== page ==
In addition to the three ways outlined above there is also the challenge provision in cl. 203 which allows the joint operator to offer to operate the property on more favourable terms. Where that offer is accepted, or the incumbent decides to “renew” on those more favourable terms, the new (or renewed) operator is required to swallow any costs in excess of those set out in the challenge notice. The commentary to the 1990 CAPL is instructive:

By limiting a challenge to an offer to conduct operations on “more favourable” terms and conditions than the operator, the challenger faces a serious, if not insurmountable obstacle. Since one is unable to quantify qualitative changes, the provision seems limited to financial terms. However, how can a challenger give any more than its best cost estimate when the costs of exploration are a function of such factors as weather conditions, exploration success (testing costs), mechanical difficulties, the demand for equipment and inflation? A challenge on the basis of terms and conditions, therefore, might in practice only be the right to challenge on the basis of overhead rates. Moreover, a challenge on the basis of financial terms ignores the consideration that the basis of a challenge may be the operator’s technical rather than cost performance.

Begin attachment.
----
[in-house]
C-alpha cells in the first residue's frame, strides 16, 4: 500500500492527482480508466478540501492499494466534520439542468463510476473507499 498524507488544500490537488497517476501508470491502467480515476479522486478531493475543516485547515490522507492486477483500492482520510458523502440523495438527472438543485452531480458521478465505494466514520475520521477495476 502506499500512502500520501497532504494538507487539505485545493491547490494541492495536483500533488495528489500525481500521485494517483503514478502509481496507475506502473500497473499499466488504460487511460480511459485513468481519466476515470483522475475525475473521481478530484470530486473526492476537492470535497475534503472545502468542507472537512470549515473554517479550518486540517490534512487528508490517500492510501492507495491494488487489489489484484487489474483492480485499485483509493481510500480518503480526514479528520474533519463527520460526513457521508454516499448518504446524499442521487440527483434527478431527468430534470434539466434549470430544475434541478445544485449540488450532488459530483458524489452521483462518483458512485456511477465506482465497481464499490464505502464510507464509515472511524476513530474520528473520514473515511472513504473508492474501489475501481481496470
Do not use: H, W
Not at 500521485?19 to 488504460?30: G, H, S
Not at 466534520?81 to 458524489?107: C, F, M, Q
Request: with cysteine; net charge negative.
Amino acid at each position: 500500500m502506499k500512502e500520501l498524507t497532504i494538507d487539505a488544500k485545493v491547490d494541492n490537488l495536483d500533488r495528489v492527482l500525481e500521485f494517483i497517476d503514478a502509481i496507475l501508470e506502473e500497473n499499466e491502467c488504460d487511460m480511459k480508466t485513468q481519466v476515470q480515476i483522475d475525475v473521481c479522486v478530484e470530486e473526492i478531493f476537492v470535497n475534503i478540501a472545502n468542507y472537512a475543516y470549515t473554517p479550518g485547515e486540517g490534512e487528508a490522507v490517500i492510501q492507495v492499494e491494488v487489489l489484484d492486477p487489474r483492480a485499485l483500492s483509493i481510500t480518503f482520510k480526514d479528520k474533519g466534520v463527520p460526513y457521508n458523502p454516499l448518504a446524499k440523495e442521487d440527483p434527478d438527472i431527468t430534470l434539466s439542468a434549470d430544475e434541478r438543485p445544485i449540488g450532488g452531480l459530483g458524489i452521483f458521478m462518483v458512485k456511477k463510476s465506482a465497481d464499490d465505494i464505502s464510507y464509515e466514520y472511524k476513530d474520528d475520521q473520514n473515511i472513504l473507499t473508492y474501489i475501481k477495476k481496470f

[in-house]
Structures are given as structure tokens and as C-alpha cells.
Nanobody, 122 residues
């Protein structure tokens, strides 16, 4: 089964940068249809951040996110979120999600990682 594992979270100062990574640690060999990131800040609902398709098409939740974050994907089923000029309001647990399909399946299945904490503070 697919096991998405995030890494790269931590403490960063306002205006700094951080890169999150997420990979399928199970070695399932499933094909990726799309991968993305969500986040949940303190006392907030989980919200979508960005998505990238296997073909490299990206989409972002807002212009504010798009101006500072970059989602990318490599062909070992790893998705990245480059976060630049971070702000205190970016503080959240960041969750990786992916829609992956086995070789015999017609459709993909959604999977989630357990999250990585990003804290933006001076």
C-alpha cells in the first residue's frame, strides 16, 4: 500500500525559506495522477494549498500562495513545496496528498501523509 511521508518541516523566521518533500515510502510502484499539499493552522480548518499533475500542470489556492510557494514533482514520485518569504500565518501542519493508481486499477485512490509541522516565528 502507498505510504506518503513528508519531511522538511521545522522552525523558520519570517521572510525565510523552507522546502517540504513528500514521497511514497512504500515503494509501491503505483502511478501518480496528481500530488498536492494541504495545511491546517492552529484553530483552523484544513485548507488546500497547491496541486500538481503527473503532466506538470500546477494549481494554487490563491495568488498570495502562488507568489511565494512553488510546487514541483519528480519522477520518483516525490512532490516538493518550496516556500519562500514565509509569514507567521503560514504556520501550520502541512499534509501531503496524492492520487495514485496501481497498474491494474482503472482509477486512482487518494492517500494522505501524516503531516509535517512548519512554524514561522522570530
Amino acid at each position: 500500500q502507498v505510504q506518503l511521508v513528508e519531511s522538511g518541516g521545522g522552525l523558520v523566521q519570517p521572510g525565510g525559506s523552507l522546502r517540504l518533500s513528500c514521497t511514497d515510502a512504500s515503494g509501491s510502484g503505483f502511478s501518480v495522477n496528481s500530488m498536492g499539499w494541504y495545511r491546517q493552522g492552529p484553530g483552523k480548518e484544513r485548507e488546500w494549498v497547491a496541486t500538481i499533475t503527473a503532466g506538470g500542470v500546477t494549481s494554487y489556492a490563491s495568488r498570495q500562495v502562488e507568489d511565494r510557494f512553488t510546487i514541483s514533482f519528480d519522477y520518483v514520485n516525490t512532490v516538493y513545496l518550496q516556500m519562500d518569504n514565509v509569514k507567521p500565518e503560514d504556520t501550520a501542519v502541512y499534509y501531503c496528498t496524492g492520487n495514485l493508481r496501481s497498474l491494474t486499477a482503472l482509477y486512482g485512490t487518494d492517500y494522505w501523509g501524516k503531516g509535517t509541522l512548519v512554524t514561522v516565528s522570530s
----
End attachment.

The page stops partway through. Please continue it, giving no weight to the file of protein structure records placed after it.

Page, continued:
The commentary recognizes the difficulty that the challenger faces. Implicit in this is the idea that the incumbent operator is better placed to identify where it might be possible to identify efficiencies. Given these practical difficulties one should perhaps be careful not to be too demanding of the information that the challenger must adduce in support of its challenge. But in this case the challenger seems to have provided only the barest information. One way to read Justice Kenny’s short judgement is to say that the joint operator has a duty to put its best foot forward (just as in an application before a master in chambers!) at the time that it serves the Challenge Notice – and if it can adduce evidence by way of affidavit to support a later application for a declaration that it could just as easily have provided that at that earlier time then not only is that too late but also the challenger should not expect much sympathy.